romscan12

While the movie obviously draws from A Connecticut Yankee in King Arthur’s Court, it ended up being influential itself. It is literally the basis for the Roman section of Mel Brooks’ History of the World Part One. The premise was also used by Three Stooges for one of their late features—undoubtedly others have used it as well. (Think of A Funny Thing Happened on the Way to the Forum). And the same premise was adapted for the later Eddie Cantor comedy Ali Baba Goes to Town (1937).

For more on comedy film history please check out my new book: Chain of Fools: Silent Comedy and Its Legacies from Nickelodeons to Youtube, just released by Bear Manor Mediaalso available from amazon.com etc etc etcchain%20of%20fools%20cvr%20front%20only-500x500To find out about  the history of vaudevilleconsult No Applause, Just Throw Money: The Book That Made Vaudeville Famous, available at Amazon, Barnes and Noble, and wherever nutty books are sold.

safe_image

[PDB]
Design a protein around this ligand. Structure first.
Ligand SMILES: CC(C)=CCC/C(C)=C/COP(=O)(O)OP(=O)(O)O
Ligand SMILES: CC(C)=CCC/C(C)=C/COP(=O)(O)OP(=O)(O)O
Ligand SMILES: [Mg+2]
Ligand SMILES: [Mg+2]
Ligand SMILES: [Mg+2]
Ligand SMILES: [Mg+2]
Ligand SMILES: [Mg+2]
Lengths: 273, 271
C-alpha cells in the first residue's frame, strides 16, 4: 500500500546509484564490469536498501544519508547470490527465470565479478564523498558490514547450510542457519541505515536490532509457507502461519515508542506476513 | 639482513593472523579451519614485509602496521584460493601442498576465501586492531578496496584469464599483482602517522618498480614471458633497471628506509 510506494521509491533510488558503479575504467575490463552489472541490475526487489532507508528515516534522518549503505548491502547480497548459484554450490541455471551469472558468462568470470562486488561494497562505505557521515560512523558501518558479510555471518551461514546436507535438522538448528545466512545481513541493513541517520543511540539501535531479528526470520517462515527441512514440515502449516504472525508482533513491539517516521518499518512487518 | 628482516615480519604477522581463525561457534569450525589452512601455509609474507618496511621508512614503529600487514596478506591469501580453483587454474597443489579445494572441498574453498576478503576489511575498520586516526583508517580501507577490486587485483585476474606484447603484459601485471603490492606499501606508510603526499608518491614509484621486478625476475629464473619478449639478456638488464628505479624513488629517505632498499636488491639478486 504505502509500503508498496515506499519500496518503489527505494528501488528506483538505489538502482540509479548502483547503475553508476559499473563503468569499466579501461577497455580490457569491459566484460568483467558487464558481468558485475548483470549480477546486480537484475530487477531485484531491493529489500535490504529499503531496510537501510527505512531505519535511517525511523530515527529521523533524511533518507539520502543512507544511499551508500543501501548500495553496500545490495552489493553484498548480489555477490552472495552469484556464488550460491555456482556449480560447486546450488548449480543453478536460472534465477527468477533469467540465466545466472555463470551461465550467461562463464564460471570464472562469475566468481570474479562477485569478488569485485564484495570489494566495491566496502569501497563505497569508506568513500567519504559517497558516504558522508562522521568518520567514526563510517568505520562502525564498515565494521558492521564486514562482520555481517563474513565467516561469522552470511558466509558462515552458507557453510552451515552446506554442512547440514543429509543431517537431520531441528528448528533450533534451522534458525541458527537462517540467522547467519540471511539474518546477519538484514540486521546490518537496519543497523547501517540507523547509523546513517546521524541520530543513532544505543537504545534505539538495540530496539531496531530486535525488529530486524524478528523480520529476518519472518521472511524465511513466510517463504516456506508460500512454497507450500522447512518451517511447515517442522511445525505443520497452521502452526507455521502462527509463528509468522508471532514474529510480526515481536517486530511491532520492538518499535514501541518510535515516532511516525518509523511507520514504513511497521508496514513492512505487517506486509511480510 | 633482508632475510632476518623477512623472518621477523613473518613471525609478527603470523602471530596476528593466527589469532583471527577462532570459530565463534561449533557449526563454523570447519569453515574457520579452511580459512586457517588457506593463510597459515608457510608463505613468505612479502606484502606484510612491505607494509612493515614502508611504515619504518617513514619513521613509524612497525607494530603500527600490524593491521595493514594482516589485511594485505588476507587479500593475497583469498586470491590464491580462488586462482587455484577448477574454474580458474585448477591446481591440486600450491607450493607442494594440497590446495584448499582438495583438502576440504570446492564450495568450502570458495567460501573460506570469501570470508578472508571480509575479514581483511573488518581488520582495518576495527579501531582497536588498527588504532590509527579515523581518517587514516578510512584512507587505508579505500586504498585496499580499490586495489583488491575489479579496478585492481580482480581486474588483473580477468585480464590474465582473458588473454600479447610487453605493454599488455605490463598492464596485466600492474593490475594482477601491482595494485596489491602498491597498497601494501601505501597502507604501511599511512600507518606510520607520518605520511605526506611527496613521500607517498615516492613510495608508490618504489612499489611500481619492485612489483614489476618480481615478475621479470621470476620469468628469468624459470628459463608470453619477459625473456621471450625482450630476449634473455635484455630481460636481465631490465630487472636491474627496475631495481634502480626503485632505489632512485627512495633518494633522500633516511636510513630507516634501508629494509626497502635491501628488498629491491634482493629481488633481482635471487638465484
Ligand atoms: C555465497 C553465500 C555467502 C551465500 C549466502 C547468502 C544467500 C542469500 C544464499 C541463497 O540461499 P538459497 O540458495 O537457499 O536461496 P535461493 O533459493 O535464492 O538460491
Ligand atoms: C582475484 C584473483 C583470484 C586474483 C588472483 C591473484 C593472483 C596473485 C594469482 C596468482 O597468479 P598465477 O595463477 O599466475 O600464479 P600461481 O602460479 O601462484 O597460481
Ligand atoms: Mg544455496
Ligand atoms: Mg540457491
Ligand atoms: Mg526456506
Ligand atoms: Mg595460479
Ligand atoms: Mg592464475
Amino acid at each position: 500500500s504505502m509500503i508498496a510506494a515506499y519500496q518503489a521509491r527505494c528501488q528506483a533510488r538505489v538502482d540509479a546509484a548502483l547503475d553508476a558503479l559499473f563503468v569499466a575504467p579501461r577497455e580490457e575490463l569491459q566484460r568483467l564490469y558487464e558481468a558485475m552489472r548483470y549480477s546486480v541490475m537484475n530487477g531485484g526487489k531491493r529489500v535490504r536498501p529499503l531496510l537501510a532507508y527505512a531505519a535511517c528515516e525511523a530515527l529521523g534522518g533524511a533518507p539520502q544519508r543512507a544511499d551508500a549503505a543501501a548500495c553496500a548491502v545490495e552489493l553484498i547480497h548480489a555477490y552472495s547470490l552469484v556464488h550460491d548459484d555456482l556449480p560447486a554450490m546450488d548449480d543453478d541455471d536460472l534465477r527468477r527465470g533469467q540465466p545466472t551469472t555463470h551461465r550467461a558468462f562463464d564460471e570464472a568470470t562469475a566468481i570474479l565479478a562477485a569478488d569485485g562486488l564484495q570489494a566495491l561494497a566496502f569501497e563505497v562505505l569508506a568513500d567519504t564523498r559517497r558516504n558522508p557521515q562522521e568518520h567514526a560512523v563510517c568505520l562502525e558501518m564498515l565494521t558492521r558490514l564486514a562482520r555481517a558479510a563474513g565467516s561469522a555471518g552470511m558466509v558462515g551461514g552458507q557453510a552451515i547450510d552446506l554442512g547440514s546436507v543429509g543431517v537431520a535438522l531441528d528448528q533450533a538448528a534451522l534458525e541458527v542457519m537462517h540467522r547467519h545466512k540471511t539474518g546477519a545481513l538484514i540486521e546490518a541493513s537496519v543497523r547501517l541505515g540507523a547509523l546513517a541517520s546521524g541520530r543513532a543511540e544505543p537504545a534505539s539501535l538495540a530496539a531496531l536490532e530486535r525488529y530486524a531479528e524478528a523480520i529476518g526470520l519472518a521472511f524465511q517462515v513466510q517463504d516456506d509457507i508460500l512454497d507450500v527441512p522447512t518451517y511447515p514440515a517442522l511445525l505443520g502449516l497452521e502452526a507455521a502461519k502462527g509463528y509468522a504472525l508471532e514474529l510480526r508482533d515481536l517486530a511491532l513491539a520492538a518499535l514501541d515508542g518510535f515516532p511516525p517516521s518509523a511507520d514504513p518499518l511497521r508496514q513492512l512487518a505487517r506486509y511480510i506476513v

Eddie Cantor in “The Kid from Spain”

Posted in Comedy, Eddie Cantor, Hollywood (History), Latin American/ Spanish, Movies with tags , , , , , , on November 17, 2014 by travsd

 the-kid-from-spain-eddie-cantor-lyda-roberti-1932

Today is the anniversary of the release date of the Eddie Cantor comedy The Kid from Spain (1932), written by Kalmar and Ruby, directed by Leo McCarey, featuring Lyda Roberti, and the Goldwyn Girls, choreographed by Busby Berkley! Is that team or is that a team?! And it’s just as terrific as you would expect. All of these artists are at their peak here. Delectable stuff: hilarious jokes, extremely witty songs…

It starts out with a very funny, sexy musical number set at a college starring an enormous number of pre-code co-eds. Eddie is discovered in one of their beds and expelled, along with his dashing Mexican room-mate (Robert Young!) Young tries to get Eddie to come with him to Mexico but Eddie decides to stay…and then ends up going to Mexico anyway. While parked outside a bank, he is mistaken for the getaway driver of a robbery, and has to drive the escaping gang to their hideout. To avoid capture, he goes to Mexico, where he instantly bumps into Robert Young, who must have been loitering around the border checkpoint. But a detective has followed Eddie across the border. Through Young’s instigation, Eddie masquerades as a famous Spanish bullfighter, the son of one of a famous hero of the ring. (This is one of those films where a bad Spanish accent allows you to communicate with native Spanish speakers). The climax of the film is of course the cowardly Eddie having to do a bullfight. The romantic subplot concerns Robert Young’s trysts with a girl who is affianced to some turkey though an arranged marriage.